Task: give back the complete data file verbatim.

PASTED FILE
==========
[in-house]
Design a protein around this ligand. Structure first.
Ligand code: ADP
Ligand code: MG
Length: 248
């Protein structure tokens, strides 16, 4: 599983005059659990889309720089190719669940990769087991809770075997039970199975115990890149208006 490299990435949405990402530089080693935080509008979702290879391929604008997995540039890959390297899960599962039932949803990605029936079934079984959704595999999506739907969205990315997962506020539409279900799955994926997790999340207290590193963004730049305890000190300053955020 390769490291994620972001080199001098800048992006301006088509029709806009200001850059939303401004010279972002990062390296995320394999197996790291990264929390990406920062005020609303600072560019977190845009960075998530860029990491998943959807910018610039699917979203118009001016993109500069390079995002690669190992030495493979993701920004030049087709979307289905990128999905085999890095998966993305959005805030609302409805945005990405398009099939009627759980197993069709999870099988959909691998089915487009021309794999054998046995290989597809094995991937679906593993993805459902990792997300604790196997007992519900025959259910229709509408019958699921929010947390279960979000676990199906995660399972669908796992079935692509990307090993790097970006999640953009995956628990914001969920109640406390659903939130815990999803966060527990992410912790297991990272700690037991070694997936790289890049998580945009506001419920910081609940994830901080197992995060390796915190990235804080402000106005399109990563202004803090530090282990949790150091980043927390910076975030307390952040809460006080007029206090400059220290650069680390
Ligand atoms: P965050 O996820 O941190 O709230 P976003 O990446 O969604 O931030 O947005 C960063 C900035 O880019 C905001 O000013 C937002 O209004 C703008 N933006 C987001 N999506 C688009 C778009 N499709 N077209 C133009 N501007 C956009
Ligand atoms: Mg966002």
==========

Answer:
[in-house]
Design a protein around this ligand. Structure first.
Ligand code: ADP
Ligand code: MG
Length: 248
């Protein structure tokens, strides 16, 4: 599983005059659990889309720089190719669940990769087991809770075997039970199975115990890149208006 490299990435949405990402530089080693935080509008979702290879391929604008997995540039890959390297899960599962039932949803990605029936079934079984959704595999999506739907969205990315997962506020539409279900799955994926997790999340207290590193963004730049305890000190300053955020 390769490291994620972001080199001098800048992006301006088509029709806009200001850059939303401004010279972002990062390296995320394999197996790291990264929390990406920062005020609303600072560019977190845009960075998530860029990491998943959807910018610039699917979203118009001016993109500069390079995002690669190992030495493979993701920004030049087709979307289905990128999905085999890095998966993305959005805030609302409805945005990405398009099939009627759980197993069709999870099988959909691998089915487009021309794999054998046995290989597809094995991937679906593993993805459902990792997300604790196997007992519900025959259910229709509408019958699921929010947390279960979000676990199906995660399972669908796992079935692509990307090993790097970006999640953009995956628990914001969920109640406390659903939130815990999803966060527990992410912790297991990272700690037991070694997936790289890049998580945009506001419920910081609940994830901080197992995060390796915190990235804080402000106005399109990563202004803090530090282990949790150091980043927390910076975030307390952040809460006080007029206090400059220290650069680390
Ligand atoms: P965050 O996820 O941190 O709230 P976003 O990446 O969604 O931030 O947005 C960063 C900035 O880019 C905001 O000013 C937002 O209004 C703008 N933006 C987001 N999506 C688009 C778009 N499709 N077209 C133009 N501007 C956009
Ligand atoms: Mg966002």